Lost Hills (Eve Ronin #1)Lost Hills by Lee Goldberg
My rating: 4 of 5 stars

Lost Hills by Lee Goldberg is a 2020 Thomas & Mercer publication.

This new series is off to an impressive start!

Eve Ronin has leveraged the viral YouTube video of her off duty arrest of a famous Hollywood actor into a promotion to robbery/homicide. Everyone knows that, although she might be capable, her promotion was mainly police department cosmetics, and her colleagues don’t bother trying to hide their resentment towards her.

Eve is partnered with a jaded, worn out, veteran detective about to retire. Her first case brings her to a home saturated in blood- but the occupants- a mother and her two children, and the family dog, are nowhere to be found.

As Eve doggedly pursues leads, slowly building her case, she must also contend with her mother’s constant criticisms and aspirations, while wildfires rage in the background.

I’ve read this author’s books for years, but mostly his lighter fare. So, this book came as a bit of a surprise.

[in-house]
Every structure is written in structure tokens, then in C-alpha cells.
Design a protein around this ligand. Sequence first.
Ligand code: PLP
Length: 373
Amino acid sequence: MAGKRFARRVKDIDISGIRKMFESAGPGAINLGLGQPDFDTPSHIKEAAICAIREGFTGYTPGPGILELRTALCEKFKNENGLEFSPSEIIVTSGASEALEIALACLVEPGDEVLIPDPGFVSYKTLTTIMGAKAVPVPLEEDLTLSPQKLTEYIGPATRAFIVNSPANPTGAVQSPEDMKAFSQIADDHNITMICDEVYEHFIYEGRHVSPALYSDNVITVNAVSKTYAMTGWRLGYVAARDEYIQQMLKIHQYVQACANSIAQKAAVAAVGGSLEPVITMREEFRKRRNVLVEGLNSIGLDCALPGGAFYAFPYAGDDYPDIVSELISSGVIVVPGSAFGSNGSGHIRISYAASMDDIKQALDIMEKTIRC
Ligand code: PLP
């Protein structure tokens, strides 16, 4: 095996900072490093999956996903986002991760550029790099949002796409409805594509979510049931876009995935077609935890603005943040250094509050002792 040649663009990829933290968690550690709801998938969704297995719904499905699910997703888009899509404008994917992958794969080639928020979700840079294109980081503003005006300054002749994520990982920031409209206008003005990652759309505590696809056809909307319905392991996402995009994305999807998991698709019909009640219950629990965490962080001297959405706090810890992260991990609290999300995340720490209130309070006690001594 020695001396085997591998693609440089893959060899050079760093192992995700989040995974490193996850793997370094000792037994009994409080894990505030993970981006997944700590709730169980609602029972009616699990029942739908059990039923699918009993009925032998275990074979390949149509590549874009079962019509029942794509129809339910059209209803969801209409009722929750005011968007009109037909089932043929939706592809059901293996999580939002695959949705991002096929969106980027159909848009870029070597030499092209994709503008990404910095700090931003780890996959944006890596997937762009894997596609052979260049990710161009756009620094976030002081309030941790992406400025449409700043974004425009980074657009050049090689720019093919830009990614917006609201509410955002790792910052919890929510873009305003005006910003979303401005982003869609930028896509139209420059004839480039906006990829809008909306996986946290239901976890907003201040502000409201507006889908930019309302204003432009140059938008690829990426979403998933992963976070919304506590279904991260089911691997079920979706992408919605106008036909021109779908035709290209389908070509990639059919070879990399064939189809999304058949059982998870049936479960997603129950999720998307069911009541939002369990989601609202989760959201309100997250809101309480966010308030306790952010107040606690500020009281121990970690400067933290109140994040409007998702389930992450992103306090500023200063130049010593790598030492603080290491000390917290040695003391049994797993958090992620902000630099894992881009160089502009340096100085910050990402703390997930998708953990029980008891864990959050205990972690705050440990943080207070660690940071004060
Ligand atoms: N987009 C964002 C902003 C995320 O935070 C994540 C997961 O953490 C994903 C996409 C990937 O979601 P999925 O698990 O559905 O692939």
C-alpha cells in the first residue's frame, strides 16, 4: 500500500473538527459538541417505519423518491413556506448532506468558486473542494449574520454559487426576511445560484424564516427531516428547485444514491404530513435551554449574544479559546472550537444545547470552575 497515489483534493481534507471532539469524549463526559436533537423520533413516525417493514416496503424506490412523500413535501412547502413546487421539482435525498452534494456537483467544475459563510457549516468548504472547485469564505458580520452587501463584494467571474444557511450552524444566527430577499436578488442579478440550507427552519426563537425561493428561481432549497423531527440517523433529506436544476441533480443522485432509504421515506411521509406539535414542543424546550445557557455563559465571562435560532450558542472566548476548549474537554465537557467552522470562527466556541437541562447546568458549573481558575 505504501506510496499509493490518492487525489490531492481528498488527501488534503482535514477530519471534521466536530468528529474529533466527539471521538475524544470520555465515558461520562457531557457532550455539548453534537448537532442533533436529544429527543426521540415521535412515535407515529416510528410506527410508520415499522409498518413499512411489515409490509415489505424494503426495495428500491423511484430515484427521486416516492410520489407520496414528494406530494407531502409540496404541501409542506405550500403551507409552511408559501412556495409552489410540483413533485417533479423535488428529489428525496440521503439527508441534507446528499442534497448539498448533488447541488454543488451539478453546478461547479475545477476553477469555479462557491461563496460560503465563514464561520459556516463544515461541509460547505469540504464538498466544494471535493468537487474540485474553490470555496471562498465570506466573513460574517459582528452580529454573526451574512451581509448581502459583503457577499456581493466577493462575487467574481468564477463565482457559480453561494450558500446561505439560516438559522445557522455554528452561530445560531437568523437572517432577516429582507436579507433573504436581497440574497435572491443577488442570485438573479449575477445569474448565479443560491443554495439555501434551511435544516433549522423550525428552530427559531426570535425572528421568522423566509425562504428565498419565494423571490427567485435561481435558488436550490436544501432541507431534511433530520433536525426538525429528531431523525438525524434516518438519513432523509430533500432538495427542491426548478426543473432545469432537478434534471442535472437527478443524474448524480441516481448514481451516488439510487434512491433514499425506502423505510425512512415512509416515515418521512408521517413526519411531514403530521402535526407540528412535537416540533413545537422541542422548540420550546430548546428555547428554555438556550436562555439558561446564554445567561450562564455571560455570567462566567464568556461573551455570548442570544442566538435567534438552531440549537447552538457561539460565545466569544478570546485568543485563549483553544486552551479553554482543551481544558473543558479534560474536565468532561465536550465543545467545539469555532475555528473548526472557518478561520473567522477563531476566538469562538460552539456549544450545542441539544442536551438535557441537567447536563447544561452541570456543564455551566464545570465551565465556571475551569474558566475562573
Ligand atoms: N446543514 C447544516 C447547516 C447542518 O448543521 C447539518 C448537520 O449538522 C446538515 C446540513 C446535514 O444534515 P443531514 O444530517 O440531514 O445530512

This is a dark, gritty police procedural which captured the essence of California, which hides a seedy underbelly behind it’s glamorous façade. The story is realistic and very graphic, so be aware- there is blood- buckets of it!

Eve is a great protagonist, though, and I instantly like her. Her inexperience causes her problems, but she’s tenacious, and determined to prove herself, despite her self-doubt. I think she could become a huge fan favorite in the crime fiction category.

Overall, Goldberg has ramped up the ordinary police procedural by mingling vivid scenery with realistic crime procedures and well-drawn characters, along with a tension filled, edge of your seat conclusion. Looking forward to Eve's next case!

*This book is available with your Kindle Unlimited Subscription- with audio. I switched back and forth between reading on my Kindle and listening to the book on my echo device. The audio is very well done too- so if you have KU or subscribe to Audible,  be sure to give the audio a try